"The Torah Shrine stands at the center of the composition and is depicted with a gabled roof. The Torah Shrine is decorated with ornamented panels featuring diamonds and squares. The floating conch shell seen in the center of the roof, is a stylized representation of the Torah Shrine’s inset arch. A hanging lamp is suspended from the gable of the roof. As a symbolic marker of its importance, the lower register of the Torah Shrine is flanked by two roaring lions and is surrounded by Jewish ritual objects such as the lulav, etrog, shofar, and incense shovel. Two birds flank the gabled roof in the upper register of the Torah Shrine."

A final shot as the movie credits roll.

Very cool floor.  I've been amazed at all the mosaics there are in Israel.

Our next decision was a no brainer. Lunch now or lunch later? The gang voted for now so we took a short walk to the kibbutz's restaurant. Yesterday, Uri had planned to take us to lunch here as according to him, the serve very good fish here and the plan for today was to have lunch in Jericho but change in plans as we're running a bit behind schedule at this point.

While the others sat at the table and had their appetizers, I excused myself and went out to the restaurant's guarden to call United Airlines and get my flight rescheduled. I was on my Blackberry and it seemed like an eternity before the agent could get my flight rebooked. I'm anticipating a big charge on my phone bill but what to do? Luckily for me, a) there were seats available on the next day's flights and b) United had waived the change fee. I think they did that in anticipation of flood of flight changes that would be coming in the next day or so. I think I beat the crowd though as I did get rebooked without any problems.....exact same flights just a day later. Until I got the email confirmation, I was anxious. Once the email arrived, I relaxed and ate my lunch which was a very tasty filet of tilapia served with vegetables. It was also the first time we had bread and butter which I thoroughly enjoyed. Israelis do bake good tasting bread and looking back on the trip, I had very little of it except for pita.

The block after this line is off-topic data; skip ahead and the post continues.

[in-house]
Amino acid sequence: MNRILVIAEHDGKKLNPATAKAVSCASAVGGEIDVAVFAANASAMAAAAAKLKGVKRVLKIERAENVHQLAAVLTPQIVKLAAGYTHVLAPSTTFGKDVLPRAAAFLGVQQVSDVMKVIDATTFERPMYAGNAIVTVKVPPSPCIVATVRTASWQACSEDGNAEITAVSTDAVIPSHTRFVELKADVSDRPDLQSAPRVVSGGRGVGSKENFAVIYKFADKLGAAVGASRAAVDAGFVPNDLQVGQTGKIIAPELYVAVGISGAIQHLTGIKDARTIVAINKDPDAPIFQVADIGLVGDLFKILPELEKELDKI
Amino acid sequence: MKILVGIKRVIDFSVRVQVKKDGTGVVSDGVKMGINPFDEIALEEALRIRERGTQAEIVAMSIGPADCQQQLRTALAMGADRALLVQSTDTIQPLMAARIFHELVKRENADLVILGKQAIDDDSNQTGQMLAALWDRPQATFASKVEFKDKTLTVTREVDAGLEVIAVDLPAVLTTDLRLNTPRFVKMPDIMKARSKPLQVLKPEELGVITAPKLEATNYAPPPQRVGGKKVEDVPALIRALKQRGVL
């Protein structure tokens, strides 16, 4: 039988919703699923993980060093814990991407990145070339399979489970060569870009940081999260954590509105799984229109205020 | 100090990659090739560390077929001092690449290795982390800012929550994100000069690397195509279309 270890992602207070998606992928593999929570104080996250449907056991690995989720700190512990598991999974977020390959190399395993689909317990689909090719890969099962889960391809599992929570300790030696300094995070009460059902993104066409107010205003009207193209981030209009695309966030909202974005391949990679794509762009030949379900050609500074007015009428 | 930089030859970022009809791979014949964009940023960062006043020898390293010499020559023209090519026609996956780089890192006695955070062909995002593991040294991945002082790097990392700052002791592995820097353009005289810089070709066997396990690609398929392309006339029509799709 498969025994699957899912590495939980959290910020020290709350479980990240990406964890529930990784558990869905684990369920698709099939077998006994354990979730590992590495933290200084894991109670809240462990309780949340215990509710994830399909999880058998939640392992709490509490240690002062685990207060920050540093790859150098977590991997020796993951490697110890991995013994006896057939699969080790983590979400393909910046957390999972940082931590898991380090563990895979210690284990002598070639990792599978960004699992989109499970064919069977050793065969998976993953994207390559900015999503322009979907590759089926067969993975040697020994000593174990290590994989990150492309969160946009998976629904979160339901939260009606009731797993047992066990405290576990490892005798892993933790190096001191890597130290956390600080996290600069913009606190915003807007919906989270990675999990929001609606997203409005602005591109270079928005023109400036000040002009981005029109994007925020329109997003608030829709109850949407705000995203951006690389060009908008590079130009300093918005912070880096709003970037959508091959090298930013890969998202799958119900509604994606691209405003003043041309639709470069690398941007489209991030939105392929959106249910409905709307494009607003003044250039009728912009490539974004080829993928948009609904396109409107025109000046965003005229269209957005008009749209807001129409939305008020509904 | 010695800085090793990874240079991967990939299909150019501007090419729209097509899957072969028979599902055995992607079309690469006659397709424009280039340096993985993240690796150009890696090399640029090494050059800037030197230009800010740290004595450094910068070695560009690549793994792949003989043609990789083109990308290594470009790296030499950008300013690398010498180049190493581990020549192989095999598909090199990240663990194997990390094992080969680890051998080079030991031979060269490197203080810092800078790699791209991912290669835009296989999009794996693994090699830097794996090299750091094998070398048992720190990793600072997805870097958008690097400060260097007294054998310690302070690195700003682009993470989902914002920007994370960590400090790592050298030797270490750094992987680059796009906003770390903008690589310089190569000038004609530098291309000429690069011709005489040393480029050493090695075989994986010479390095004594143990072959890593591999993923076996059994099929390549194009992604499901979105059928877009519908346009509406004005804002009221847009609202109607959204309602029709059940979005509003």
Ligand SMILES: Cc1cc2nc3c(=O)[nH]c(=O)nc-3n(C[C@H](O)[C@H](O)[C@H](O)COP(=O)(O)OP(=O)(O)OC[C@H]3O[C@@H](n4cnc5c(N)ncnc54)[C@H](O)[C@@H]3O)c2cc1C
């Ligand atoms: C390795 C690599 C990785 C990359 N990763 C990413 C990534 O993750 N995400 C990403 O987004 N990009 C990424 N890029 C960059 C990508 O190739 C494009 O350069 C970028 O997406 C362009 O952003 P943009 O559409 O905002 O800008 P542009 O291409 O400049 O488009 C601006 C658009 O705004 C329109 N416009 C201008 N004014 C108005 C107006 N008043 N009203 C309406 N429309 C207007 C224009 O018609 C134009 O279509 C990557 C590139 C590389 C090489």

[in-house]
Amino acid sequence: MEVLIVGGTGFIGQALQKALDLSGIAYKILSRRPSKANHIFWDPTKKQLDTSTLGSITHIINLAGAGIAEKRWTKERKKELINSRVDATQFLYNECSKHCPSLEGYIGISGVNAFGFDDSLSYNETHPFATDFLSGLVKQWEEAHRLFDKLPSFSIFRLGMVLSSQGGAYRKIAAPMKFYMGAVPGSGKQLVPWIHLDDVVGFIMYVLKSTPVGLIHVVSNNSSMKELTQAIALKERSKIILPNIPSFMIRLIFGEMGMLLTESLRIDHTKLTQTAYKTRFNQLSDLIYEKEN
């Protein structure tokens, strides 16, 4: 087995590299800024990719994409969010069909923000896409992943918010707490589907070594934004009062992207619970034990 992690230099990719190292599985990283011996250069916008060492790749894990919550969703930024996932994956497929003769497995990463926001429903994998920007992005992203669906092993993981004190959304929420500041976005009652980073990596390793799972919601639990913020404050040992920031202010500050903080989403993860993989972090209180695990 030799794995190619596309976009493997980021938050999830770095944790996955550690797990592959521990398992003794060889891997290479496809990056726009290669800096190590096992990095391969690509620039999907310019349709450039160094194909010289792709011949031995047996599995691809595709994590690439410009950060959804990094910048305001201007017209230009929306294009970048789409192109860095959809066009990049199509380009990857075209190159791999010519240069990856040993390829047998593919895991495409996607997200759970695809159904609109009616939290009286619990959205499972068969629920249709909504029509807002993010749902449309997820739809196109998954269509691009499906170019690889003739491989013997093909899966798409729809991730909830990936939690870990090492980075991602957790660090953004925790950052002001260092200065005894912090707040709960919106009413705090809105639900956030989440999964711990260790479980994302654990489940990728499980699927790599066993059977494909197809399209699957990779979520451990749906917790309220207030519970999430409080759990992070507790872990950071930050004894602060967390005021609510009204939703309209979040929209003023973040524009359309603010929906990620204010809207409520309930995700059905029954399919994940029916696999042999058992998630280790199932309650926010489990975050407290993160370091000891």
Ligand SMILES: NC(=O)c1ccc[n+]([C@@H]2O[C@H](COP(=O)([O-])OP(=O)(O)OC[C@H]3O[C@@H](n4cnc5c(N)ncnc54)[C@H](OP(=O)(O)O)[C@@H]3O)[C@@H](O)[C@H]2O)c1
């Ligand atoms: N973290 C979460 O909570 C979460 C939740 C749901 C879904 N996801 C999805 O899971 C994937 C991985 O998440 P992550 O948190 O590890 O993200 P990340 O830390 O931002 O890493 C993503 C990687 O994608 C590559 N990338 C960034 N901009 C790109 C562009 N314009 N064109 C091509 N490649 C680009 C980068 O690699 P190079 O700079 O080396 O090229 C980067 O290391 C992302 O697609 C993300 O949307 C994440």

After lunch,  our tour was over.   Uri would be taking each of us back to our respective hotels.  I had one last night at the Renaissance in Tel Aviv.  I was just going to stay at the Renaissance for the extra night until I found out that it cost $465 for the night!  Yikes!  Too much for my budget.  Thankfully, with the help of Uri and the agent at Diesenhaus, I was able to get a room at the Leonardo Basel Hotel which Uri confirmed is located across the street from the Renaissance so switching rooms will be easy for me.  At $150 a night, it's still expensive in my book but under the circumstances, I'm willing to pay for it.

On the way back to Tel Aviv, I shared some really good laughs with Uri.  It all started with the Chinese Zodiac.  He's born in 1966 - Year of the Snake.  I Googled and read him all his characteristics.  It was hysterical how he actually had some of the traits described.  We then matched him against his wife who was born in the Year of the Dog.  Of course, I had to tell him that the Pig is his mortal enemy and that I just so happen to have been born in that year!

Before we could dry our eyes, we were back in town. First we dropped off Gary and Georgie.  Then, it was my turn.  It was bittersweet to say goodbye to Uri.  I do have his card though so on the next trip, I will just make arrangements through him.  After all, he does have 20 years of guiding experience under his belt so he does know his country!  It will be a very different trip shopping!!

As I shook Uri's hand, I gave him the rest of his tip and headed inside to check in.  By now, it was late afternoon. This time, I had a north facing window but the view of the beach was still spectacular.

I decided I wanted to watch the setting sun from the beach so I headed down and out. I watched a small group of paddle boarders riding the waves as the sun set.

I found a spot to watch the volleyball players go at it.

I stayed out til the sun dropped over the horizon.  It's really nice to be back in Tel Aviv. I only wish I had planned for more time here.  Next visit :-)

Back in  my room, it was a quiet evening of TV and blogging.  A final check of the weather in DC was still showing that it would be slammed by a huge snowstorm.  I hope everyone is well prepared and stays safe.  I emailed my parents and reminded them to plug in the phone that I gave them as I would be calling them tomorrow to check in on them.

Good night from Tel Aviv!